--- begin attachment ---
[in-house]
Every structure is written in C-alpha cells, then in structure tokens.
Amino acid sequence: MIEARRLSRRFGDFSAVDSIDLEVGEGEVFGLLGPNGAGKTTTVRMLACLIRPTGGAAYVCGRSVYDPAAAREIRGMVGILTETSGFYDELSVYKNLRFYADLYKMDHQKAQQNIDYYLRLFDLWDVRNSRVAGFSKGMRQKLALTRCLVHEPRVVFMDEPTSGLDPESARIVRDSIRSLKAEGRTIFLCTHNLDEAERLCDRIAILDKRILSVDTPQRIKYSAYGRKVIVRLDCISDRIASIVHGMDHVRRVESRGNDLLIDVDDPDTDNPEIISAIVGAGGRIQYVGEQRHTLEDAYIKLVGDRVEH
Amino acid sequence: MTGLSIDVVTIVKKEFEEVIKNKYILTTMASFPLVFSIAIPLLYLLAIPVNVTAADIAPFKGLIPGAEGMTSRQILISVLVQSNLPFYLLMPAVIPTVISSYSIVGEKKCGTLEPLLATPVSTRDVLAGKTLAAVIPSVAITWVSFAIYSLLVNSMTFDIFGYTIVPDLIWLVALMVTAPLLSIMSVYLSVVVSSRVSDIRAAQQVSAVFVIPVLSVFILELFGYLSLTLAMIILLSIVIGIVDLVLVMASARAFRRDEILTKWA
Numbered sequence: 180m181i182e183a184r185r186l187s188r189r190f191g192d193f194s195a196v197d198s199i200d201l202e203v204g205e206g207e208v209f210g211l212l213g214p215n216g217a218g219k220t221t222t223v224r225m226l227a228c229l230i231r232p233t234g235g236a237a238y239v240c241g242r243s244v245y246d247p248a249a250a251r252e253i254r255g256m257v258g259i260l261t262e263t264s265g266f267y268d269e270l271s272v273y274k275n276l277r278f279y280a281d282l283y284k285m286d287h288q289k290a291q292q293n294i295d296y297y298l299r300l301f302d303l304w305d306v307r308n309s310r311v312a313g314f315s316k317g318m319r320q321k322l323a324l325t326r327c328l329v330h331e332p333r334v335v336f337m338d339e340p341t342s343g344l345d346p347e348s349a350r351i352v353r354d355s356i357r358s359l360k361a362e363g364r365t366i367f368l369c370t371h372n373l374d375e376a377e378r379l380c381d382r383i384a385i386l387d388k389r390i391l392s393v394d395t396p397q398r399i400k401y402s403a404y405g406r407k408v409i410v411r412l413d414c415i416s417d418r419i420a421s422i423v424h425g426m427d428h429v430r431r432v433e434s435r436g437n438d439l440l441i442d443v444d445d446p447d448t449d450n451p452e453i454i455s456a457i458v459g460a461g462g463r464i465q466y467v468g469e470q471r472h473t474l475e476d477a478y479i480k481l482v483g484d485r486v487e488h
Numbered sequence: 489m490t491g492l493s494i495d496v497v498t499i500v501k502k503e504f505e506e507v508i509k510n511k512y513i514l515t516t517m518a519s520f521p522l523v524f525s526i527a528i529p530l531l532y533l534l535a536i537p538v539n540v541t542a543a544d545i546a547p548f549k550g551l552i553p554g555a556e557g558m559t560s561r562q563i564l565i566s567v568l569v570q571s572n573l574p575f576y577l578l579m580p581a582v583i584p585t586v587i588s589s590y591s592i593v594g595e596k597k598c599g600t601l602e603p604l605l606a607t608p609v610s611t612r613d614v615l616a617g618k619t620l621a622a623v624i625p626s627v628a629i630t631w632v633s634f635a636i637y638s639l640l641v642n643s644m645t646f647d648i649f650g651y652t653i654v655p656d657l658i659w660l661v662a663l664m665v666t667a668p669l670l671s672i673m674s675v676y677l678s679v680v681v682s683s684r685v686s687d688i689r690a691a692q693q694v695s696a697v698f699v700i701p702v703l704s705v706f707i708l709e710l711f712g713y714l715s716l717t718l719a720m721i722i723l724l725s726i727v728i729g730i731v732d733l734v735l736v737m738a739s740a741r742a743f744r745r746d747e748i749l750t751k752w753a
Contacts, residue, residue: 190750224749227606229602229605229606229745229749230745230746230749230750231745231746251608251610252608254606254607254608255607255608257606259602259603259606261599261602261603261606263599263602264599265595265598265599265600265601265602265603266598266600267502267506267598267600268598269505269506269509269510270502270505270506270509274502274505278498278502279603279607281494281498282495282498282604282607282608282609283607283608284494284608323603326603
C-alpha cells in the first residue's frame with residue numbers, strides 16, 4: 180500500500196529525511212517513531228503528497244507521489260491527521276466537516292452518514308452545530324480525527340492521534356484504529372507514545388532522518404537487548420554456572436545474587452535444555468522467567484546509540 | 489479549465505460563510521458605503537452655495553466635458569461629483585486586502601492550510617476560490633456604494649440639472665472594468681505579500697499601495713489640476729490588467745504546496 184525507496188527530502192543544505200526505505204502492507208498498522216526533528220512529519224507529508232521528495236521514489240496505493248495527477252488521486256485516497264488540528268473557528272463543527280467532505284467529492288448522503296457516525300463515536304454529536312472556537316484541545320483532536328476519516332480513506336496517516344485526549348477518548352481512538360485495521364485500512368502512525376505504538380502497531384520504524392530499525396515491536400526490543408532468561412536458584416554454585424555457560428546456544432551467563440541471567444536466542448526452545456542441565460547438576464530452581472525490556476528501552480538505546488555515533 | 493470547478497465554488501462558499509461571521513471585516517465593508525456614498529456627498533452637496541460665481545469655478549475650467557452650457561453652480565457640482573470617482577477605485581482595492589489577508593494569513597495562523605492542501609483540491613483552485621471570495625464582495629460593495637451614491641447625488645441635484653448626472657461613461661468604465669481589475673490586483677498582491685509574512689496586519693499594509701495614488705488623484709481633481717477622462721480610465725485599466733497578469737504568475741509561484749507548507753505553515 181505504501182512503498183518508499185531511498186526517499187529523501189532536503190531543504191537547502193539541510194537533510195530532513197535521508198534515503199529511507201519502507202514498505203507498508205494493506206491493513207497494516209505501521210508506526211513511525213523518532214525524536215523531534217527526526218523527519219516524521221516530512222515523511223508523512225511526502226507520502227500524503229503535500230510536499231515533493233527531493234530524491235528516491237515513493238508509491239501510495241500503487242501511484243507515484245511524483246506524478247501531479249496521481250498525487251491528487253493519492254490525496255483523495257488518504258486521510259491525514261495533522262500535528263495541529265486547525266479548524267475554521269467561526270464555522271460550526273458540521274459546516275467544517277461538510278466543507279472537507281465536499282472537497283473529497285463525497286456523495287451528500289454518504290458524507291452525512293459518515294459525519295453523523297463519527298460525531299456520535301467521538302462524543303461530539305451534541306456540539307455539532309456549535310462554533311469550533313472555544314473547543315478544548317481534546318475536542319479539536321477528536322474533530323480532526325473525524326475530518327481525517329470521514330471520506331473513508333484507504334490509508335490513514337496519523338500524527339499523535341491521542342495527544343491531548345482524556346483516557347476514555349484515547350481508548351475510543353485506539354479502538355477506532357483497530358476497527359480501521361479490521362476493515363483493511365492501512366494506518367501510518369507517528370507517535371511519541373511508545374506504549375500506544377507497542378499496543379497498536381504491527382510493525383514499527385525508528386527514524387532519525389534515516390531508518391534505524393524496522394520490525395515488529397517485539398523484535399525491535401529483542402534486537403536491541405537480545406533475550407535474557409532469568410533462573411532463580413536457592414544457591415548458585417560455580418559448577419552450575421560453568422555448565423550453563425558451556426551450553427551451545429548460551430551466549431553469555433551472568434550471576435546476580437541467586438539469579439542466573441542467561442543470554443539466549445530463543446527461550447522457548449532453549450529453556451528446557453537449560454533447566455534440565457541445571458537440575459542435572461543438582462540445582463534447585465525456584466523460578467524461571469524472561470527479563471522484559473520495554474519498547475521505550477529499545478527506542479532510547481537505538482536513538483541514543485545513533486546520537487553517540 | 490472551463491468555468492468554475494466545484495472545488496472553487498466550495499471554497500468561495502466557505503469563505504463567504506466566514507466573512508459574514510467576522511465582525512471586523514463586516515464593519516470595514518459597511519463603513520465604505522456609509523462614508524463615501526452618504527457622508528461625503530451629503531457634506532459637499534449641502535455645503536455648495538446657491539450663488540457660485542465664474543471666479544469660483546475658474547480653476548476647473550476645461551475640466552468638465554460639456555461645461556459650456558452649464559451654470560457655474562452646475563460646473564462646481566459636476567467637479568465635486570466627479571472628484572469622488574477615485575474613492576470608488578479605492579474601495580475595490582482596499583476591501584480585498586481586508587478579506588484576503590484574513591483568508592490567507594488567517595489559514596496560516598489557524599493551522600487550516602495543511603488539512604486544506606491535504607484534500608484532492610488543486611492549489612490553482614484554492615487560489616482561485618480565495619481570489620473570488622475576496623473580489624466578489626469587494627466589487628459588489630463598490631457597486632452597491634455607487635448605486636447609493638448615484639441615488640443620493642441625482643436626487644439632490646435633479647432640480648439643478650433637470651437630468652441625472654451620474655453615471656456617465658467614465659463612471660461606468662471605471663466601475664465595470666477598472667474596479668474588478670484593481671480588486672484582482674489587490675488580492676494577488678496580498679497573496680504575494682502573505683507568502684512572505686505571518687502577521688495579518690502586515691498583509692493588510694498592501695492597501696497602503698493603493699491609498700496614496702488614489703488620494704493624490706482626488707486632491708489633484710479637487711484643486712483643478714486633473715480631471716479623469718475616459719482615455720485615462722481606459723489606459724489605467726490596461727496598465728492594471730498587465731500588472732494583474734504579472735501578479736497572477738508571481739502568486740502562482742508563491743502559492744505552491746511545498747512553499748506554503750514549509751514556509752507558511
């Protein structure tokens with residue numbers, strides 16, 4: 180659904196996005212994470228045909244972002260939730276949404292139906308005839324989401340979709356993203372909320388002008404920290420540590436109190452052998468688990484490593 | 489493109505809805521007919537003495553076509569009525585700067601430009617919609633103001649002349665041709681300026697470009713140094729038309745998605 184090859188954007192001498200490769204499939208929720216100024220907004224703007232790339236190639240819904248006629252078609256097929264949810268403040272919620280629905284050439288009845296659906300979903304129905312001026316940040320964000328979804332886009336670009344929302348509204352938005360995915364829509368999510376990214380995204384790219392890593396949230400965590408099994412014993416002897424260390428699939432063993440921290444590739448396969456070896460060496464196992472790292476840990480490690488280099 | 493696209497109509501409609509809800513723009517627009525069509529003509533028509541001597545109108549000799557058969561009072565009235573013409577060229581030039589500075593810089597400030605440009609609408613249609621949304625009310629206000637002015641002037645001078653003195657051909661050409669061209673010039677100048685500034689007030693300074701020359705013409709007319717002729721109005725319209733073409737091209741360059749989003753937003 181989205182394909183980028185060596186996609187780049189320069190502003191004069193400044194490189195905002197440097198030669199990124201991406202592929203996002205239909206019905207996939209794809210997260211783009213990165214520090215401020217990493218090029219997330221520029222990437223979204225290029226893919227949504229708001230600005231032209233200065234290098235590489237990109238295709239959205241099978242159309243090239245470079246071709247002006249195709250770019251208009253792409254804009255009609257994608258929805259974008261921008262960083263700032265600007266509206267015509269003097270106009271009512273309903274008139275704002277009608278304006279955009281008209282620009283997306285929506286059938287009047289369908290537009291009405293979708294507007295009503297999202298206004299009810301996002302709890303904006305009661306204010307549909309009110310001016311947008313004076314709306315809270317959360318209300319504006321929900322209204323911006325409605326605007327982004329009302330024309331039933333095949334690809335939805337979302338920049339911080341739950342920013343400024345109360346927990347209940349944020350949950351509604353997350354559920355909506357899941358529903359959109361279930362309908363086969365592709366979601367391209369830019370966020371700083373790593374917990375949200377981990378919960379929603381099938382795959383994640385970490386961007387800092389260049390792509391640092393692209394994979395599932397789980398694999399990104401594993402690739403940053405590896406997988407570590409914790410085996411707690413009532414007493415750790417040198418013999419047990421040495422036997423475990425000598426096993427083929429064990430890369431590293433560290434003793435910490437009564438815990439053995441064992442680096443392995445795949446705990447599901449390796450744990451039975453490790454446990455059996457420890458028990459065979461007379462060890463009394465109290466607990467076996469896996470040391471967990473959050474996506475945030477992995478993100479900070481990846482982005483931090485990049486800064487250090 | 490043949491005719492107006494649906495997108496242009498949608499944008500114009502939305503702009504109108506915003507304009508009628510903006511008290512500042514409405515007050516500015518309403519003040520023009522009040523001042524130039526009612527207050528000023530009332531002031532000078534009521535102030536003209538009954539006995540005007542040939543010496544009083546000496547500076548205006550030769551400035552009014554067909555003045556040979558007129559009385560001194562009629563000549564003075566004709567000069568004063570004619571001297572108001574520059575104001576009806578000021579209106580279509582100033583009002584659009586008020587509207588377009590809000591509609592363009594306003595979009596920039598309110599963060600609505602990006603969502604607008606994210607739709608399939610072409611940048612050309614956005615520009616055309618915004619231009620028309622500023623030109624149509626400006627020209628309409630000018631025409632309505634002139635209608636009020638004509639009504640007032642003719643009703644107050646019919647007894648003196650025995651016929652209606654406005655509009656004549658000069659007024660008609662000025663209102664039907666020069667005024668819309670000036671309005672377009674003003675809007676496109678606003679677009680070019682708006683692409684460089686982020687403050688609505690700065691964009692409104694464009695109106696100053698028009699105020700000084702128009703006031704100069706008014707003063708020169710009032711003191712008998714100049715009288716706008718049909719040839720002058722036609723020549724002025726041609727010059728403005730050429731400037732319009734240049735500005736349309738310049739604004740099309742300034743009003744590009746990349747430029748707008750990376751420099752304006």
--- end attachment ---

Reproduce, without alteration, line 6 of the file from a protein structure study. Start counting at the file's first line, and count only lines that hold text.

Numbered sequence: 489m490t491g492l493s494i495d496v497v498t499i500v501k502k503e504f505e506e507v508i509k510n511k512y513i514l515t516t517m518a519s520f521p522l523v524f525s526i527a528i529p530l531l532y533l534l535a536i537p538v539n540v541t542a543a544d545i546a547p548f549k550g551l552i553p554g555a556e557g558m559t560s561r562q563i564l565i566s567v568l569v570q571s572n573l574p575f576y577l578l579m580p581a582v583i584p585t586v587i588s589s590y591s592i593v594g595e596k597k598c599g600t601l602e603p604l605l606a607t608p609v610s611t612r613d614v615l616a617g618k619t620l621a622a623v624i625p626s627v628a629i630t631w632v633s634f635a636i637y638s639l640l641v642n643s644m645t646f647d648i649f650g651y652t653i654v655p656d657l658i659w660l661v662a663l664m665v666t667a668p669l670l671s672i673m674s675v676y677l678s679v680v681v682s683s684r685v686s687d688i689r690a691a692q693q694v695s696a697v698f699v700i701p702v703l704s705v706f707i708l709e710l711f712g713y714l715s716l717t718l719a720m721i722i723l724l725s726i727v728i729g730i731v732d733l734v735l736v737m738a739s740a741r742a743f744r745r746d747e748i749l750t751k752w753a